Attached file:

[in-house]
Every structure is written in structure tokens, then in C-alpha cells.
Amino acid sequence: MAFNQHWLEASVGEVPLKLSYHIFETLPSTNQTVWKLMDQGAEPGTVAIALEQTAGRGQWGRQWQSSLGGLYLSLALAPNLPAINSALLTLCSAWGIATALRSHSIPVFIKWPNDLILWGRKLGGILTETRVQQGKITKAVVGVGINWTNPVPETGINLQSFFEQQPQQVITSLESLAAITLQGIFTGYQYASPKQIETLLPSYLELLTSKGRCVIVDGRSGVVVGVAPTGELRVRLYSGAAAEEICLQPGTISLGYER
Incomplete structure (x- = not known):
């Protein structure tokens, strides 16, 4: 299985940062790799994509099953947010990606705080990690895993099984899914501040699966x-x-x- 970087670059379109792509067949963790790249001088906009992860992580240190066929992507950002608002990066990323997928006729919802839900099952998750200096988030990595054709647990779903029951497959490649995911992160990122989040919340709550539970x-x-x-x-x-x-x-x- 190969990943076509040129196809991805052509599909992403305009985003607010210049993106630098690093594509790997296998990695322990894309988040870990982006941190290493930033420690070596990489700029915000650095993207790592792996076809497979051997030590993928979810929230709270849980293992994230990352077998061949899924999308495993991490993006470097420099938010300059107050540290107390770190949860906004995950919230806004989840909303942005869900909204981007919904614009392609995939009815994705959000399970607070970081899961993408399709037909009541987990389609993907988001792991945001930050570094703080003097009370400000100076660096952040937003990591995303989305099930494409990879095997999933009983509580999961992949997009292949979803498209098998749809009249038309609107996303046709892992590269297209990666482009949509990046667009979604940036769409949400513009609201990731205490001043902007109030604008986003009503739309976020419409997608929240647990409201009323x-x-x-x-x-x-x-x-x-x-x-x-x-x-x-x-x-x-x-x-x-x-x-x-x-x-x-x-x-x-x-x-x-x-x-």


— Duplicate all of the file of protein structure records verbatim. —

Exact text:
[in-house]
Every structure is written in structure tokens, then in C-alpha cells.
Amino acid sequence: MAFNQHWLEASVGEVPLKLSYHIFETLPSTNQTVWKLMDQGAEPGTVAIALEQTAGRGQWGRQWQSSLGGLYLSLALAPNLPAINSALLTLCSAWGIATALRSHSIPVFIKWPNDLILWGRKLGGILTETRVQQGKITKAVVGVGINWTNPVPETGINLQSFFEQQPQQVITSLESLAAITLQGIFTGYQYASPKQIETLLPSYLELLTSKGRCVIVDGRSGVVVGVAPTGELRVRLYSGAAAEEICLQPGTISLGYER
Incomplete structure (x- = not known):
């Protein structure tokens, strides 16, 4: 299985940062790799994509099953947010990606705080990690895993099984899914501040699966x-x-x- 970087670059379109792509067949963790790249001088906009992860992580240190066929992507950002608002990066990323997928006729919802839900099952998750200096988030990595054709647990779903029951497959490649995911992160990122989040919340709550539970x-x-x-x-x-x-x-x- 190969990943076509040129196809991805052509599909992403305009985003607010210049993106630098690093594509790997296998990695322990894309988040870990982006941190290493930033420690070596990489700029915000650095993207790592792996076809497979051997030590993928979810929230709270849980293992994230990352077998061949899924999308495993991490993006470097420099938010300059107050540290107390770190949860906004995950919230806004989840909303942005869900909204981007919904614009392609995939009815994705959000399970607070970081899961993408399709037909009541987990389609993907988001792991945001930050570094703080003097009370400000100076660096952040937003990591995303989305099930494409990879095997999933009983509580999961992949997009292949979803498209098998749809009249038309609107996303046709892992590269297209990666482009949509990046667009979604940036769409949400513009609201990731205490001043902007109030604008986003009503739309976020419409997608929240647990409201009323x-x-x-x-x-x-x-x-x-x-x-x-x-x-x-x-x-x-x-x-x-x-x-x-x-x-x-x-x-x-x-x-x-x-x-």